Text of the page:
It's rare that a small wine bar has an onsite sommelier. It's even rarer that a restaurant has a female sommelier. Vintage Enoteca has both in Danielle Francois who, along with Jennifer Moore, owns the Hollywood wine bar.
Their philosophy is simple: Wines should be accessible, affordable and, most important, people should like what they drink. The two ex-New York City advertising execs gravitate toward boutique productions and family-owned estates, which produce indigenous varietals, in Europe, California and the Pacific Northwest.
“I pick out cool, off the beaten path wines that you don't find everywhere,” says Francois. One of her specialties is food and wine pairings. Throughout the year, she plans themed pairings, but she's also available on the spot for customers who are adventurous — or unsure — and looking for suggestions. This weekend, June 14-16, she's put together an All-American Snack Food Mashup and Wine Tasting with sophisticated twists on classic snack foods like Cracker Jacks, pork rinds and Oreos. Turn the page for five of Francois' food and wine pairings.
Wine: Kir-Yianni “Petra,” Macedonia, Greece, 2011 (white)
Suggested Foods: light salads, salty cheeses, Mediterranean diet
Says Francois, “I'm a fan of white wines that aren't that fruity. I find that they're a little more food versatile when there're not big, lip-smacky fruit flavors bowling over the rest of the flavors in the wine. This is a Greek wine with indigenous varietals from Macedonia. It's not too fruity with an undercurrent of citrus and peach and apricot, but it's got a nice crisp, snappy salinity on the finish. It's food versatile. In our warm farro salad, it brings out the snappiness of the flavor of the English peas. And feta is indigenous to Greece. I am a fan of what grows together, goes together.”
Wine: Filipa Pato “FP” Branco, Beira, Portugal, 2011 (white)
Suggested Foods: creamy dishes, mac-n-cheese, chicken salad
“This is a Portuguese white from Filipa Pato, an amazing female winemaker in the Beira region. It's not fruity. Unlike the previous Greek white, this one has more of a round lusciousness in your mouth. It's not as snappy in terms of acid and salinity on the finish. This one has a nice green pineapple, sweet corn, lime undercurrent to it. And that round light creaminess in your mouth helps pick up the creaminess of our gnocchi dish. But again, we're keeping these light and fresh for summer.”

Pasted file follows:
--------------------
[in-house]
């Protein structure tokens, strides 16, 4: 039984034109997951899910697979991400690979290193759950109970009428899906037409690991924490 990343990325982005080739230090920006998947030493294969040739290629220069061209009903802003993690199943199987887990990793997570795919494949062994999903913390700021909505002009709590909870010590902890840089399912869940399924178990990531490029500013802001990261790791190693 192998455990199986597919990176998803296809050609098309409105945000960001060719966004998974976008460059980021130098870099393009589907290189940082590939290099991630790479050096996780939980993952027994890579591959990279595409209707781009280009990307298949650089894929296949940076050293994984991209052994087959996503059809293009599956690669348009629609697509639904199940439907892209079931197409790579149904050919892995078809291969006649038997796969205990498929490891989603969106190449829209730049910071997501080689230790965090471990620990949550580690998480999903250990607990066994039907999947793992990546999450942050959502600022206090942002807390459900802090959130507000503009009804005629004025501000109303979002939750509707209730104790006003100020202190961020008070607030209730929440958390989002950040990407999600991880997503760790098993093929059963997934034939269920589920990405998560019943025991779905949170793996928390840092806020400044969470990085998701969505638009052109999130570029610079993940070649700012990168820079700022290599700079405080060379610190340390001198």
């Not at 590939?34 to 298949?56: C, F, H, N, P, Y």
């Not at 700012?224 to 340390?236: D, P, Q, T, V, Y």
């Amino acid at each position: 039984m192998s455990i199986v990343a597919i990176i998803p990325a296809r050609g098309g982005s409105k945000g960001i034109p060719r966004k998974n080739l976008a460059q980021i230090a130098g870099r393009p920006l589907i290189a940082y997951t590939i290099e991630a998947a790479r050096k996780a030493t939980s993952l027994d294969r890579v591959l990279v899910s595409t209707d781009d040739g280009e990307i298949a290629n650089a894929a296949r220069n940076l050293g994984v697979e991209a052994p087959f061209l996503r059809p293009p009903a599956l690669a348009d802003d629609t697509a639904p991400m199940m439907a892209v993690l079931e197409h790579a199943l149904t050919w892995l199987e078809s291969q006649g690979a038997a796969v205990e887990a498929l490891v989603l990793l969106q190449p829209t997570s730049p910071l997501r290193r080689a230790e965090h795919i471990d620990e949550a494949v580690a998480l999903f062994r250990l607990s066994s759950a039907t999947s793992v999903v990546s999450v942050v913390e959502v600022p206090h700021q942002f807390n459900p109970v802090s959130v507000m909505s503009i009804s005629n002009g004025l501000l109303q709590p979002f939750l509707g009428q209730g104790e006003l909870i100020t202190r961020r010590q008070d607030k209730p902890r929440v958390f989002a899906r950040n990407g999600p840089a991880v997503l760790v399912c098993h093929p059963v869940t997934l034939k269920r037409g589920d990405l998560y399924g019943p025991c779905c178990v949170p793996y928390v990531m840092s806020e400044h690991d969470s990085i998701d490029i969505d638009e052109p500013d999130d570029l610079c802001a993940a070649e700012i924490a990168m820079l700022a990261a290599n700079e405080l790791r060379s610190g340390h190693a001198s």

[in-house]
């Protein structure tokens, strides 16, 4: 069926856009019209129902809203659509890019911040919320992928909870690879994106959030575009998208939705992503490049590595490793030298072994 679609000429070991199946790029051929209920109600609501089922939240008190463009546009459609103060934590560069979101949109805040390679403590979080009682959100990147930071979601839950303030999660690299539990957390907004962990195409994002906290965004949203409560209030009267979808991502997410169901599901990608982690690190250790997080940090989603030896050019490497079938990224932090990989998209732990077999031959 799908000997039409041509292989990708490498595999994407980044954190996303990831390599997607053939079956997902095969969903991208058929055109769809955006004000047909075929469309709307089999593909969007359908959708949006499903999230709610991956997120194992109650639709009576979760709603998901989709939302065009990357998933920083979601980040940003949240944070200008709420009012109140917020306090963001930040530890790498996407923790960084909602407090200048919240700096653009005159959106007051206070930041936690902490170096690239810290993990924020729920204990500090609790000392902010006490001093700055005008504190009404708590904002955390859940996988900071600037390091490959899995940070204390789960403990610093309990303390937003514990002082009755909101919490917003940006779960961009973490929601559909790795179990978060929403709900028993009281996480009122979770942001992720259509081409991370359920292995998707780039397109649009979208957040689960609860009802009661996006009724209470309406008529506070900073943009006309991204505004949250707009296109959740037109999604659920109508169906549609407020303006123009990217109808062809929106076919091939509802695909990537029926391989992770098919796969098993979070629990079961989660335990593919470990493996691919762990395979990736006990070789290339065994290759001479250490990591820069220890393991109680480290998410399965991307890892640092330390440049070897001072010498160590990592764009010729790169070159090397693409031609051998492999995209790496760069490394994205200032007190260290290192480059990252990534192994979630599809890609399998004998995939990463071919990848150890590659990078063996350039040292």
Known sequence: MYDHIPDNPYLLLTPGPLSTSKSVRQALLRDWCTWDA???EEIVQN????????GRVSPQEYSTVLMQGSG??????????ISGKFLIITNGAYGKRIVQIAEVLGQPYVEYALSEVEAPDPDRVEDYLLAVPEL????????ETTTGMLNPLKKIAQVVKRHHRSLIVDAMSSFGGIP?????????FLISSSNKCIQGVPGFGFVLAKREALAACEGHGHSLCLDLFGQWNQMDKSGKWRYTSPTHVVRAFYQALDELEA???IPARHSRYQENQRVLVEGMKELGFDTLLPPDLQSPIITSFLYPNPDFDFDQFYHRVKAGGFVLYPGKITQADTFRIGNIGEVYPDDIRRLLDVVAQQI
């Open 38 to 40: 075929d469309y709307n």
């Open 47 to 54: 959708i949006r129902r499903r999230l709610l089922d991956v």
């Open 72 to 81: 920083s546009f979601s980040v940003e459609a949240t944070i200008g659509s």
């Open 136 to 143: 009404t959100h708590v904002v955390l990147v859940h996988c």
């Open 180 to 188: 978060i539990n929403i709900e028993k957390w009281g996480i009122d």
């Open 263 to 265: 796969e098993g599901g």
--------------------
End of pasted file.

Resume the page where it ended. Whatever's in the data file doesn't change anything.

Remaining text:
Wine: Ameztoi Getariako Txakolina “Rubentis,” Basque Country, Spain, 2012 (rosé)
Suggested Foods: salty snacks, fried foods, cheese
“Txakolina is a rosé from the Basque Country in Northern Spain. It's usually a white wine, but this one is a blend of an indigenous red and white varietal. Finding a Txakolina rosé is very unusual. This one has a pronounced lime flavor with candied red fruit. It's refreshing in terms of picking up the brininess of our lox deviled eggs and cutting the creaminess that's common in deviled eggs.”
Turn the page…
Wine: Quinta da Pellada “Quinta de Saes,” Dao, Portugal, 2009 (red)
Suggested Foods: meatballs, meat loaf, hamburgers, tomato or bbq sauce
“This is a red blend with a nice sweet, dark fruit flavor. And by sweet, I don't mean the wine is sweet. The wine is dry. But the fruit has a nice black raspberry sweetness to it and a really nice minerality through the middle of it, so it's still light and fresh, especially for a red. It's a great summer wine by itself but paired with our pulled pork sliders, those sweet blackberry flavors help compliment and bring out the sweetness of the BBQ sauce. The wine is crisp, refreshing and soft and pretty on the finish. This is a good BBQ wine in general — light, not too expensive. Serve it with a slight chill.”
Wine: George Descombes Brouilly V.V., Beaujolais, France, 2009 (red, Gamay)
Suggested Foods: game meat, mushrooms, bacon, pork, cherry notes
“Gamay gets a bad rap. Most people think of it as shitty Beaujolais Nouveau. And there is a lot of shitty Beaujolais Nouveau. But there are a lot of great winemakers making some delicious, more serious Gamay. My favorite wines have this kind of meaty, almost animal-y, gaminess to them like they're a little sweaty. I like a little bit of animal in my wine. I think this one achieves a nice balance of that in terms of those bright, red cherry flavors. Gamay is known for having a cherry fruit flavor to it balanced by that animal, gamey, sweatiness to it. This is a complimentary pairing between our duck bruschetta's cherry compote and the cherry flavors in the Gamay, and that meaty animal quality brings out the gaminess in the duck.”
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